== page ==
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Cloisters’ barristers Ed Williams and Catriona Stirling win in an important test case regarding the correct interpretation of the Agency Workers Regulations 2010
Case summary provided by Sian McKinley.
In Moran v (1) Ideal Cleaning Services Ltd; (2) Celanese Acetate Ltd the EAT was asked to decide whether the Agency Workers Regulations 2010 applied to workers who had been placed with an end user indefinitely.
The Agency Workers Regulations 2010 provides that agency workers are entitled to the same basic working and employment conditions as if they had been recruited by the end user directly (if they met the qualifying provision of twelve weeks’ service).
Regulation 3 defines an “agency worker” as an individual who:
“(a) is supplied by a temporary work agency to work temporarily for and under the supervision and direction of a hirer; and
(b) has a contract with a temporary work agency…”.
The claimants were employed by the first respondent and placed with the second respondent. They had worked for the second respondent for between 6 and 25 years until they were made redundant in June 2012.
The claimants made claims that they were agency workers within the meaning of the Regulations.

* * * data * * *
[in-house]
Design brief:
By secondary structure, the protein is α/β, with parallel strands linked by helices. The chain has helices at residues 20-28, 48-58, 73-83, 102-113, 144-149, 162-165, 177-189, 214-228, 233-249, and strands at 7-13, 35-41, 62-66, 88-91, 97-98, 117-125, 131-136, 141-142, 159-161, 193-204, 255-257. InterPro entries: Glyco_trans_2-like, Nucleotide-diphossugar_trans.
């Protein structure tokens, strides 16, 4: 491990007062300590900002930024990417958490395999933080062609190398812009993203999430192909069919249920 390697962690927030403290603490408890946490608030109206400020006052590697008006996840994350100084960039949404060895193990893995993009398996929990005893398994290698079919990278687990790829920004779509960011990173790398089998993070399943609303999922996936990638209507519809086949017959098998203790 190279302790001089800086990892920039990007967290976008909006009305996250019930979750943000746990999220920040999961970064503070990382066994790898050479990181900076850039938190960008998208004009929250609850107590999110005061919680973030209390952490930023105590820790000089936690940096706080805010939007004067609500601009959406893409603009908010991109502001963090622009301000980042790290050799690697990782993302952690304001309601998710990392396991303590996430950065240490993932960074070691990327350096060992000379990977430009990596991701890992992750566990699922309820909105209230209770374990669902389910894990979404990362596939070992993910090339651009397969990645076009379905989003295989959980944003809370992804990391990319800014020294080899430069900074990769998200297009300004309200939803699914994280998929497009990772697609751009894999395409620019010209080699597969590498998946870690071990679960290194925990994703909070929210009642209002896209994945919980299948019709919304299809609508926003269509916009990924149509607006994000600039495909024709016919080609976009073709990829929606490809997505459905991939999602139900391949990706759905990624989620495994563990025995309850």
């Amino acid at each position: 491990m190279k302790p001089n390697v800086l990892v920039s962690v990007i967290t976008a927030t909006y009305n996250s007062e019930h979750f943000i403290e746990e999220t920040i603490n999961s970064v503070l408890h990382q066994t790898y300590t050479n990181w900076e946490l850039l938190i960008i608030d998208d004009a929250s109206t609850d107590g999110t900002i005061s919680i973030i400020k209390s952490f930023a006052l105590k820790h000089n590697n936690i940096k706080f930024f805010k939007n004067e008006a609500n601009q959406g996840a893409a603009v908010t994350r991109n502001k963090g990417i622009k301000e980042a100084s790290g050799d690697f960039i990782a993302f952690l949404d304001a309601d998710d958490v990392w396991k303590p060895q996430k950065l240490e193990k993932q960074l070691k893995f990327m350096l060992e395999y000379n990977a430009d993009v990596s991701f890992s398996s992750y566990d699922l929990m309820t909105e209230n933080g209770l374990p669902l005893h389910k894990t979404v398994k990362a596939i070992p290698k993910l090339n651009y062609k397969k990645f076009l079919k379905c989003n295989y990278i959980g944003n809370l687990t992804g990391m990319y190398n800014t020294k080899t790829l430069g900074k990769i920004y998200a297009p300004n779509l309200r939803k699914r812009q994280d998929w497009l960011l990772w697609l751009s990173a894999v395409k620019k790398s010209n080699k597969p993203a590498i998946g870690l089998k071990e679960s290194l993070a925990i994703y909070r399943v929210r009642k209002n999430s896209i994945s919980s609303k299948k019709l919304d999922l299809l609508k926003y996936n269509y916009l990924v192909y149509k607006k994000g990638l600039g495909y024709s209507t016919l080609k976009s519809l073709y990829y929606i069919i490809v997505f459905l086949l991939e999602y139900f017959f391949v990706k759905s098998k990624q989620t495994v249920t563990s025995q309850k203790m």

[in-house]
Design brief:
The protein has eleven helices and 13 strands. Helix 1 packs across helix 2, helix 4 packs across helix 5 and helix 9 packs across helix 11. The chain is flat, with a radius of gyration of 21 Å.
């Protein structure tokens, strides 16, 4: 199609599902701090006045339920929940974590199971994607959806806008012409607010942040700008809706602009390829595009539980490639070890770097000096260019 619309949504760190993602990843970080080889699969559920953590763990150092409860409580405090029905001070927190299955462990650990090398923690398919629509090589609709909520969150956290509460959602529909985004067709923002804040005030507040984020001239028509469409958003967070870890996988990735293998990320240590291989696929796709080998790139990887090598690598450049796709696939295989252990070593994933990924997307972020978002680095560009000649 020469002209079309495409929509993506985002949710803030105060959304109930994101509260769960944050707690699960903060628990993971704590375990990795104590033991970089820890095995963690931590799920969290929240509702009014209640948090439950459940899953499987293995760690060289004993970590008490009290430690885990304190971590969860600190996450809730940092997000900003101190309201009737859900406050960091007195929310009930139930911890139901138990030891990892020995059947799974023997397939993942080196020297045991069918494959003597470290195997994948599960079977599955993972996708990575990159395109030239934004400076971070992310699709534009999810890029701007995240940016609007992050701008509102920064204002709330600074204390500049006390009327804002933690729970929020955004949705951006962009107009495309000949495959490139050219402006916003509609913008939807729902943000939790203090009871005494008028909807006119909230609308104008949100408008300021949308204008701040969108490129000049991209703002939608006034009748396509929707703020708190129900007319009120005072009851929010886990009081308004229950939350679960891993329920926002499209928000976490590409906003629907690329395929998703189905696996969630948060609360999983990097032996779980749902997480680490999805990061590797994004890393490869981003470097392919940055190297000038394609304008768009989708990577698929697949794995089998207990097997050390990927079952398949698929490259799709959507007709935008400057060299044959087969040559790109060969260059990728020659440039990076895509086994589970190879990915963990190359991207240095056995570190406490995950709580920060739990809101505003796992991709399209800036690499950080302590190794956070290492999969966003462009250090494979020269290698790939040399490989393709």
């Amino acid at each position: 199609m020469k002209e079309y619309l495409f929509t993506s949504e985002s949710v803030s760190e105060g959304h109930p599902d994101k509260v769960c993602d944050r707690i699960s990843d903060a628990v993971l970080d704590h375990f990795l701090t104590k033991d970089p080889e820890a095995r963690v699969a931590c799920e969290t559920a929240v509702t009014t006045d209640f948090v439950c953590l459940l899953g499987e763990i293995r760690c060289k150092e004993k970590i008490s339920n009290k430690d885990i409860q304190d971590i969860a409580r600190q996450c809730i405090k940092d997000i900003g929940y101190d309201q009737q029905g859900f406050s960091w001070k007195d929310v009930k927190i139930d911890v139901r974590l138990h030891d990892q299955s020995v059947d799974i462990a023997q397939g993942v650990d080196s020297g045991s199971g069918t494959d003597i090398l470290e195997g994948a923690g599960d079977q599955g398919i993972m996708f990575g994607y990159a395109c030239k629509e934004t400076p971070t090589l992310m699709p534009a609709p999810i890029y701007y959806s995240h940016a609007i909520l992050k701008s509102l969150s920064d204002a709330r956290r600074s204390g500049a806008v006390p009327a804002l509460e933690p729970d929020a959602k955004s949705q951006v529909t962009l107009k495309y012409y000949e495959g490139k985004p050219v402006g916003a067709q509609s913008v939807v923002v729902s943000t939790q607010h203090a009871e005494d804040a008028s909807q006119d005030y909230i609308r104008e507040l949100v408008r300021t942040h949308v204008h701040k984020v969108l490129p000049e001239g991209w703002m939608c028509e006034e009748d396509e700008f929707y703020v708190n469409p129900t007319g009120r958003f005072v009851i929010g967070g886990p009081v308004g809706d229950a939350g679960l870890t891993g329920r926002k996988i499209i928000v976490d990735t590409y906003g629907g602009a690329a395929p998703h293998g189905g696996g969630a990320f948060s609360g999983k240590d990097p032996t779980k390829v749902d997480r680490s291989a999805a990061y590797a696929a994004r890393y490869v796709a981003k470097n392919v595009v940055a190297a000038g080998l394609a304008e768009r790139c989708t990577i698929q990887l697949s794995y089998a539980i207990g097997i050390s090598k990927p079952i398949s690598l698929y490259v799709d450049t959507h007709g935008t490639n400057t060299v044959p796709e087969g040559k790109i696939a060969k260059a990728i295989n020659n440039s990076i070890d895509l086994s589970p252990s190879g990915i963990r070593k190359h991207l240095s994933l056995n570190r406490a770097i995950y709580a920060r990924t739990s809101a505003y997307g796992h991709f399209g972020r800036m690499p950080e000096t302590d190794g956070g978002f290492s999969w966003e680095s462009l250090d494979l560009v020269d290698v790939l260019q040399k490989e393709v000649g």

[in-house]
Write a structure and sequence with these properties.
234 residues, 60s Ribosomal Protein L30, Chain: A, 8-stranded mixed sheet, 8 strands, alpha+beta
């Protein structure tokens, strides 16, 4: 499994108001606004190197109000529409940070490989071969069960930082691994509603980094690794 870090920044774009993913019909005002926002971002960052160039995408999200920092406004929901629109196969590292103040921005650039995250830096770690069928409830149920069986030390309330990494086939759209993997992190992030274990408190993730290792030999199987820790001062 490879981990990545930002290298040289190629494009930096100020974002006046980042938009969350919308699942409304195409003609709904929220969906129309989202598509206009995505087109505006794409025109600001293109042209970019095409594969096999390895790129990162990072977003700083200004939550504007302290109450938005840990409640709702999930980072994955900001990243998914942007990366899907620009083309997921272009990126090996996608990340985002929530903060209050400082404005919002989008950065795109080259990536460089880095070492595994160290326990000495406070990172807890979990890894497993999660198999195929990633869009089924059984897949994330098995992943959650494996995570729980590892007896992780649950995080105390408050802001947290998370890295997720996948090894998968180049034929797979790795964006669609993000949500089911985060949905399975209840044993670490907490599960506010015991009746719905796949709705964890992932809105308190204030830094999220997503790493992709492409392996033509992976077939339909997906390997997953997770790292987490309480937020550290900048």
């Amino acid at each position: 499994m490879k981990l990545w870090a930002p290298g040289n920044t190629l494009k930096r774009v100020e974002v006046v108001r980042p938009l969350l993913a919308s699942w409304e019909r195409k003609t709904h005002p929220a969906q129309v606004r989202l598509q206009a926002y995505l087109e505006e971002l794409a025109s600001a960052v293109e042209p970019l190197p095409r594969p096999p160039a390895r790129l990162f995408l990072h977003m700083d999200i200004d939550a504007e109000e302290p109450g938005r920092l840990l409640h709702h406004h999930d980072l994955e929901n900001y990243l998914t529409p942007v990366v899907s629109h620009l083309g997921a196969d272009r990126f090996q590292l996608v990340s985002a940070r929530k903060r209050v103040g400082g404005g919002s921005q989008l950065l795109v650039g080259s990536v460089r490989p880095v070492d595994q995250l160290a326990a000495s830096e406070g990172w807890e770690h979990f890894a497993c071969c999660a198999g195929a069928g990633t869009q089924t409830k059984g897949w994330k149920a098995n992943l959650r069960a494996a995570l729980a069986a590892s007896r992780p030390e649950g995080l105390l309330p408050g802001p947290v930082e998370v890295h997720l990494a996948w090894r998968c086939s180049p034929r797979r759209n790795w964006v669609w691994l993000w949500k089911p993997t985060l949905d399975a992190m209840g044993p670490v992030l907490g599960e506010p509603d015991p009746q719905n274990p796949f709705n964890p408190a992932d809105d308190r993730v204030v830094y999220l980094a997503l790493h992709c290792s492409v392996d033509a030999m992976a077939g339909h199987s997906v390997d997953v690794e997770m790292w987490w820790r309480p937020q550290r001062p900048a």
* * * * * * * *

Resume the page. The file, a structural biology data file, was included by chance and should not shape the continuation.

The issue came before the ET who dismissed their claims. The claimants appealed, but their appeal was rejected by the EAT.
The EAT held that the concept of “temporary” in the 2010 Regulations means not permanent. A permanent contract is one which is indefinite whereas a temporary contract will be terminable upon a condition being satisfied, such as the expiry of a fixed period or the completion of a specific project.
The arrangements under which the claimants worked were indefinite in duration. The EAT concluded these arrangements were therefore permanent rather than temporary and the claimants fell outside the scope of the Regulations.
The EAT also considered whether all agency workers should fall within the scope of the Regulations in order in order to give effect to the purpose of Directive 2008/104/EC, which the Regulations were intended to implement.
The EAT considered it very relevant that the first draft of the Directive had no reference to a worker being assigned (or “posted”) to an end user temporarily. An amendment in 2002 redefined the scope of the Directive to “any person who enters into a contract of employment or employment relationship of indefinite or fixed duration with a temporary work agency, to be assigned temporarily in a user undertaking to work under the direction and supervision of that user undertaking.”
The EAT considered that the interpretation argued for by the claimant would in fact fail to give true effect of the purpose of the Directive and the Regulations. It is not possible to ignore the wording of the Directive and the legal significance of the amendment of the word “temporarily”.
This ground-breaking case is likely to have significant and far-reaching implications for the hundreds of thousands of agency workers in the United Kingdom who are engaged on indefinite contracts with end users.